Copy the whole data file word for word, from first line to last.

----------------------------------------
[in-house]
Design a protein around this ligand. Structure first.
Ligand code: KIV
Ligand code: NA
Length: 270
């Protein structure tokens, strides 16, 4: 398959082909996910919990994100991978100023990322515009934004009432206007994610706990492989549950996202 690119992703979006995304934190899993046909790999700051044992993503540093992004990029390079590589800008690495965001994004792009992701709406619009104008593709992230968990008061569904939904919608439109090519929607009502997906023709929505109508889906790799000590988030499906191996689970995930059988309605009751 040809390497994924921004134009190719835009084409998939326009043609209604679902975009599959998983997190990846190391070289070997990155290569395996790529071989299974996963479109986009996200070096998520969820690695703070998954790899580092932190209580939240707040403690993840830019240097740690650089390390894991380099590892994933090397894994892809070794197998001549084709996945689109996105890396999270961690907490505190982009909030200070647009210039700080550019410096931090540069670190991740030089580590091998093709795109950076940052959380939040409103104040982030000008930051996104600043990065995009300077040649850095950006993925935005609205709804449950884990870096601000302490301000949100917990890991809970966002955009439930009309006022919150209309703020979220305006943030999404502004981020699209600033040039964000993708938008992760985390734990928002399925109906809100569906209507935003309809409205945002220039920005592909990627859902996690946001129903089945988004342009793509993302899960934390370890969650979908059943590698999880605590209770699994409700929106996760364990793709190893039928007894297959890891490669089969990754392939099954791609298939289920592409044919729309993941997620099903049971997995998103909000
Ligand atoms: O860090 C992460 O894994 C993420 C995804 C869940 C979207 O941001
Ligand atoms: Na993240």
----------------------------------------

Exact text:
[in-house]
Design a protein around this ligand. Structure first.
Ligand code: KIV
Ligand code: NA
Length: 270
């Protein structure tokens, strides 16, 4: 398959082909996910919990994100991978100023990322515009934004009432206007994610706990492989549950996202 690119992703979006995304934190899993046909790999700051044992993503540093992004990029390079590589800008690495965001994004792009992701709406619009104008593709992230968990008061569904939904919608439109090519929607009502997906023709929505109508889906790799000590988030499906191996689970995930059988309605009751 040809390497994924921004134009190719835009084409998939326009043609209604679902975009599959998983997190990846190391070289070997990155290569395996790529071989299974996963479109986009996200070096998520969820690695703070998954790899580092932190209580939240707040403690993840830019240097740690650089390390894991380099590892994933090397894994892809070794197998001549084709996945689109996105890396999270961690907490505190982009909030200070647009210039700080550019410096931090540069670190991740030089580590091998093709795109950076940052959380939040409103104040982030000008930051996104600043990065995009300077040649850095950006993925935005609205709804449950884990870096601000302490301000949100917990890991809970966002955009439930009309006022919150209309703020979220305006943030999404502004981020699209600033040039964000993708938008992760985390734990928002399925109906809100569906209507935003309809409205945002220039920005592909990627859902996690946001129903089945988004342009793509993302899960934390370890969650979908059943590698999880605590209770699994409700929106996760364990793709190893039928007894297959890891490669089969990754392939099954791609298939289920592409044919729309993941997620099903049971997995998103909000
Ligand atoms: O860090 C992460 O894994 C993420 C995804 C869940 C979207 O941001
Ligand atoms: Na993240």